Stars are essentially giant fusion reactions occurring in the vacuum of space. Because stars have so much mass, they possess powerful gravitational force—but they don’t collapse because of the outward force generated by nuclear fusion, continually converting hydrogen atoms to helium.
Sometimes stars begin orbiting each other, forming a binary star system. Typically this involves a white dwarf star and a red giant. Orbiting the red giant like a moon, the dwarf star rips matter from its companion until it essentially gags on the excess, coughing hot gas and radiation into space. This dramatic phenomenon is relatively common, and the white dwarf is not destroyed in the resulting nova.
To learn more about x-ray emissions, read about NASA’s Chandra mission: www.nasa.gov/mission_pages/chandra/main/
Original caption: In Hollywood blockbusters, explosions are often among the stars of the show. In space, explosions of actual stars are a focus for scientists who hope to better understand their births, lives, and deaths and how they interact with their surroundings.
Using NASA’s Chandra X-ray Observatory, astronomers have studied one particular explosion that may provide clues to the dynamics of other, much larger stellar eruptions.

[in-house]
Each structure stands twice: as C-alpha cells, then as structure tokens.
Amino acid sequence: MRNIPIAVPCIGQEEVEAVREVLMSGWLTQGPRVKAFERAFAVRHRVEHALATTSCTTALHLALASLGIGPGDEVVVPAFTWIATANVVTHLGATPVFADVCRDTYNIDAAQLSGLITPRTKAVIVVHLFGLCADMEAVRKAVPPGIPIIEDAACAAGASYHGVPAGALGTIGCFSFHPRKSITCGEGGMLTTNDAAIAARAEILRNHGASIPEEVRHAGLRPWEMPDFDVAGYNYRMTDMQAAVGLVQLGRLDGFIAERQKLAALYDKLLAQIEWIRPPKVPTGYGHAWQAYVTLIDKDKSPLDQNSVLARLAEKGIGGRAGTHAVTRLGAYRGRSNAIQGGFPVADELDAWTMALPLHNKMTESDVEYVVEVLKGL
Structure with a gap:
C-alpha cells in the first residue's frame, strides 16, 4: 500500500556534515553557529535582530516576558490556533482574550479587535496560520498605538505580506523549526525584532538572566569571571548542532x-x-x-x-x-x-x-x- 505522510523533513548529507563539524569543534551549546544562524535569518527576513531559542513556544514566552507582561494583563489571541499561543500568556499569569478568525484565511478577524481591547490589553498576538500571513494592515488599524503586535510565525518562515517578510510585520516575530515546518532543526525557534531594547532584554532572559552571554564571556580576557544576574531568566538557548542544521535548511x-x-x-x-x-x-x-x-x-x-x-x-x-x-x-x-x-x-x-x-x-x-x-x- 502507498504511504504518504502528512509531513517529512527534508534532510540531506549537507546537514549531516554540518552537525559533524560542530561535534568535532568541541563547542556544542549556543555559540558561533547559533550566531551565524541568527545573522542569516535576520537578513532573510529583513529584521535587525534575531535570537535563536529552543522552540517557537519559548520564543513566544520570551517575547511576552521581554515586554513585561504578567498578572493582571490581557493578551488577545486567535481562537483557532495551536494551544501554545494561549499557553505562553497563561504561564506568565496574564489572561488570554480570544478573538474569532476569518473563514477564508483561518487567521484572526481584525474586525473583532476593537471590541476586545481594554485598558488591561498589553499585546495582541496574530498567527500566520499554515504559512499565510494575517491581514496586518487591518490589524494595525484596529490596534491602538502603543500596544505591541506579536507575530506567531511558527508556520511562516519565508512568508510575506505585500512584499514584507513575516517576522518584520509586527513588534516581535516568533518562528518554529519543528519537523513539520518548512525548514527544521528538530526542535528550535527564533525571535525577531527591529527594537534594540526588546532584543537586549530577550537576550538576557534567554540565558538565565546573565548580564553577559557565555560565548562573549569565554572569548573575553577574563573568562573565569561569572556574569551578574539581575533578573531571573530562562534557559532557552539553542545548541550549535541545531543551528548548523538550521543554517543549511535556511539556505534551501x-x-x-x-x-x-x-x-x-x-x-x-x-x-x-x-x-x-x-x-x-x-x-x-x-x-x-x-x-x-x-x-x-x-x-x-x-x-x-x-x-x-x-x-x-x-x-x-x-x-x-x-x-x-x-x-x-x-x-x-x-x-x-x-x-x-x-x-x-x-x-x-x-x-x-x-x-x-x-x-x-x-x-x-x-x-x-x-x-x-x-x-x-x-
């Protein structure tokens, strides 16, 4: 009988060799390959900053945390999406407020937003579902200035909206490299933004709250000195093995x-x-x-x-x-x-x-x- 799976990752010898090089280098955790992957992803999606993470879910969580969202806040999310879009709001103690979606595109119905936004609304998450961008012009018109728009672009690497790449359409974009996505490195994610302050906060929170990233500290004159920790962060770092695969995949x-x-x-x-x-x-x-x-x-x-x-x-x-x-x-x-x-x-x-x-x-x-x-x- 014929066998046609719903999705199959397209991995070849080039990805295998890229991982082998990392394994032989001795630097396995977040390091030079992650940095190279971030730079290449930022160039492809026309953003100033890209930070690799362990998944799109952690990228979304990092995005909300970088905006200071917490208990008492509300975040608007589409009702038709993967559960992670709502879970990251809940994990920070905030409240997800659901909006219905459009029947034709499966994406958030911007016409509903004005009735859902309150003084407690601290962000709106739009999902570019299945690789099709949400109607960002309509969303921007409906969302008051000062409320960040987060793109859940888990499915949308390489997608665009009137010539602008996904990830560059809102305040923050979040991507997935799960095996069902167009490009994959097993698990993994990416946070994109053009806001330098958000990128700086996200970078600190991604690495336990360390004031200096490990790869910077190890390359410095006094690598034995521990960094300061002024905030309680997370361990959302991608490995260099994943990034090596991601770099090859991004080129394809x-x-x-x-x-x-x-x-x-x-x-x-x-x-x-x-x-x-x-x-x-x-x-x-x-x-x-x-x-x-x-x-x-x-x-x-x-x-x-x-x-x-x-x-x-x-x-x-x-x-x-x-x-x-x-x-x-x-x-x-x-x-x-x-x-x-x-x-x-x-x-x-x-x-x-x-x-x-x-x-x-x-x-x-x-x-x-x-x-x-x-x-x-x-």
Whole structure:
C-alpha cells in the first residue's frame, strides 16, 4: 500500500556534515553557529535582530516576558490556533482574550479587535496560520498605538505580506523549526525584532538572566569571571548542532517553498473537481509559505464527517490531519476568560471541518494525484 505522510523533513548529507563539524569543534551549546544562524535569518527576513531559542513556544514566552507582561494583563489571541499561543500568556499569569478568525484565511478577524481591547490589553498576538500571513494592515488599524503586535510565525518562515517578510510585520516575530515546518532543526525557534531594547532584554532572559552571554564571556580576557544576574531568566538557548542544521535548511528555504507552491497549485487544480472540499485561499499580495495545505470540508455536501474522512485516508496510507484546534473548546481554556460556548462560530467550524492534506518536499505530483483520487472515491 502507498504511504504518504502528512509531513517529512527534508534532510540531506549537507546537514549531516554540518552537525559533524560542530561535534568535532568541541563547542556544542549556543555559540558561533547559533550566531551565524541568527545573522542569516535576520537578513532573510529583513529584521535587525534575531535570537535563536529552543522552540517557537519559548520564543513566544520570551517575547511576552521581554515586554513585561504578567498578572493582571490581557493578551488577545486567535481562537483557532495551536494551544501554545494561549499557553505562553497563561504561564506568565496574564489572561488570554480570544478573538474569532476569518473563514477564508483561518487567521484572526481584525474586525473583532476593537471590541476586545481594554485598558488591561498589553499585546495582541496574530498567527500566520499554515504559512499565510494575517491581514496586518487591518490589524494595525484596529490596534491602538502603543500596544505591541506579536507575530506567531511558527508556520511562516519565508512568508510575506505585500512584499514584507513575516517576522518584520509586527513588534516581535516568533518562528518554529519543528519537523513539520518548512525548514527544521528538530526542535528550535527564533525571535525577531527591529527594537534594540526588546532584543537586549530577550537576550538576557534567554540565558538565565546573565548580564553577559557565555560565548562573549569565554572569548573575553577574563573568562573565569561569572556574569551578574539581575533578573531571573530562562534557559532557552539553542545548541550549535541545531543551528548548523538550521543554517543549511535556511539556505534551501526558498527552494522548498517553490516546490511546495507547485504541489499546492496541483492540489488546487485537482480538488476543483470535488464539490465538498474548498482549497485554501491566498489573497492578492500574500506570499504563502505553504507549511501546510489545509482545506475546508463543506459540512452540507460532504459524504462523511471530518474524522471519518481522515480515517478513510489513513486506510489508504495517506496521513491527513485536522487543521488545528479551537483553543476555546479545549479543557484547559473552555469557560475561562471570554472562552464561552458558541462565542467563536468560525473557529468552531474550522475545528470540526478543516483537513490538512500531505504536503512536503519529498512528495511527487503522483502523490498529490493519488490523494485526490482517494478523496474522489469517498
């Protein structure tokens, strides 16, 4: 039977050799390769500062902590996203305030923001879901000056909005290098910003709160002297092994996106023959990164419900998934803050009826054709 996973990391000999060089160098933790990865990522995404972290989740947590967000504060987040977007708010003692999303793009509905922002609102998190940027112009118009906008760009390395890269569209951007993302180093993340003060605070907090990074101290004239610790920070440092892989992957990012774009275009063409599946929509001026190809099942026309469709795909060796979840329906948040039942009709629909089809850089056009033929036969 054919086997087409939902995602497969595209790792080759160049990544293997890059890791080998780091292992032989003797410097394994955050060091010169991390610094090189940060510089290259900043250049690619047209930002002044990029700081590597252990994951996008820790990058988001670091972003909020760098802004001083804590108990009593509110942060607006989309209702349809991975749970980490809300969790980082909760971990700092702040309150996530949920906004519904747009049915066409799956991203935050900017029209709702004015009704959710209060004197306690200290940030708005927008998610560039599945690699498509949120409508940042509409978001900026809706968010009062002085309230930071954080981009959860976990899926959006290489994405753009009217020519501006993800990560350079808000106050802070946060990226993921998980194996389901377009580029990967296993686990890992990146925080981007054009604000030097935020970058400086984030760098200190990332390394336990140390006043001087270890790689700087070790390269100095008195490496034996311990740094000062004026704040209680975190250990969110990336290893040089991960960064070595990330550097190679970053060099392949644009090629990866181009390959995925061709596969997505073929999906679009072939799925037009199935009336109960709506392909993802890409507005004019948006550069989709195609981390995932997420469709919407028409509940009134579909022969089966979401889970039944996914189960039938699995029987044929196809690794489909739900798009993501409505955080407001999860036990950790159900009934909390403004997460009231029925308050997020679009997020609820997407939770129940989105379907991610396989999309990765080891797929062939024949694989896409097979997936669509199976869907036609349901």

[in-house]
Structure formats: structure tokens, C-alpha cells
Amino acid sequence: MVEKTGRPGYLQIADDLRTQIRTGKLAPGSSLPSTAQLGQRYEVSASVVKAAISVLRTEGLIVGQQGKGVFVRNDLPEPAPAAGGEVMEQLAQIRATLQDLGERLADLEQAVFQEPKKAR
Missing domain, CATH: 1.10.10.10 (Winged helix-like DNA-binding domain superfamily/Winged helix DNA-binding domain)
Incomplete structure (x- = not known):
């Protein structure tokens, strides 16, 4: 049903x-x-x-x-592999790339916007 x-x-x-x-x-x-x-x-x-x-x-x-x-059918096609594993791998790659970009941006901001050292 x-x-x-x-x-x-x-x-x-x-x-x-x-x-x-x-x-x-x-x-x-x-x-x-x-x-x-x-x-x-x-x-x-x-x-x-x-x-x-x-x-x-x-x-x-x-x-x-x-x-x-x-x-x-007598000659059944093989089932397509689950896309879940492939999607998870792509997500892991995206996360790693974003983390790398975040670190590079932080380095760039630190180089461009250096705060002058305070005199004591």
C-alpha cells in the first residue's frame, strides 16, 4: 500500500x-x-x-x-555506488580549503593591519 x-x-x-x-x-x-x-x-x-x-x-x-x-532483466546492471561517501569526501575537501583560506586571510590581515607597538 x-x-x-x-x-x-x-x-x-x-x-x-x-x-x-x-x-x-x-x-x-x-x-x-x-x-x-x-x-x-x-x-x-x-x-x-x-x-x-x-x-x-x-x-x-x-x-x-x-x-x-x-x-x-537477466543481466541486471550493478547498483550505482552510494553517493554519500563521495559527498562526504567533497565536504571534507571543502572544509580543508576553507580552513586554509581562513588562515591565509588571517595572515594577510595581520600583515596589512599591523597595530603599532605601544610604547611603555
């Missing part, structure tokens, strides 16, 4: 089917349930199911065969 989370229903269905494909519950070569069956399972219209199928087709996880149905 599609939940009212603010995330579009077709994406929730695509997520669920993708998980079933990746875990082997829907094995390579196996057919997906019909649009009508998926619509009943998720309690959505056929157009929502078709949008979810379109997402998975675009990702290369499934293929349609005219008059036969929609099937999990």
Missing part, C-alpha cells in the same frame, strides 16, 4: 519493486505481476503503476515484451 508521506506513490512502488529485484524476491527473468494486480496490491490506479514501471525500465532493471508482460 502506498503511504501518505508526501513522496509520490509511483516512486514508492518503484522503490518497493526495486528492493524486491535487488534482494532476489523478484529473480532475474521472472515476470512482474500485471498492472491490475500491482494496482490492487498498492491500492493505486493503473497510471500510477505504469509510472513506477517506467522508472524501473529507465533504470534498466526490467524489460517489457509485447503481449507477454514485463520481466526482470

A team of researchers pointed the telescope at GK Persei, an object that became a sensation in the astronomical world in 1901 when it suddenly appeared as one of the brightest stars in the sky for a few days, before gradually fading away in brightness. Today, astronomers cite GK Persei as an example of a “classical nova,” an outburst produced by a thermonuclear explosion on the surface of a white dwarf star, the dense remnant of a Sun-like star.
Read Full Article: www.nasa.gov/mission_pages/chandra/mini-supernova-explosi...
NASA Goddard Space Flight Center enables NASA’s mission through four scientific endeavors: Earth Science, Heliophysics, Solar System Exploration, and Astrophysics. Goddard plays a leading role in NASA’s accomplishments by contributing compelling scientific knowledge to advance the Agency’s mission.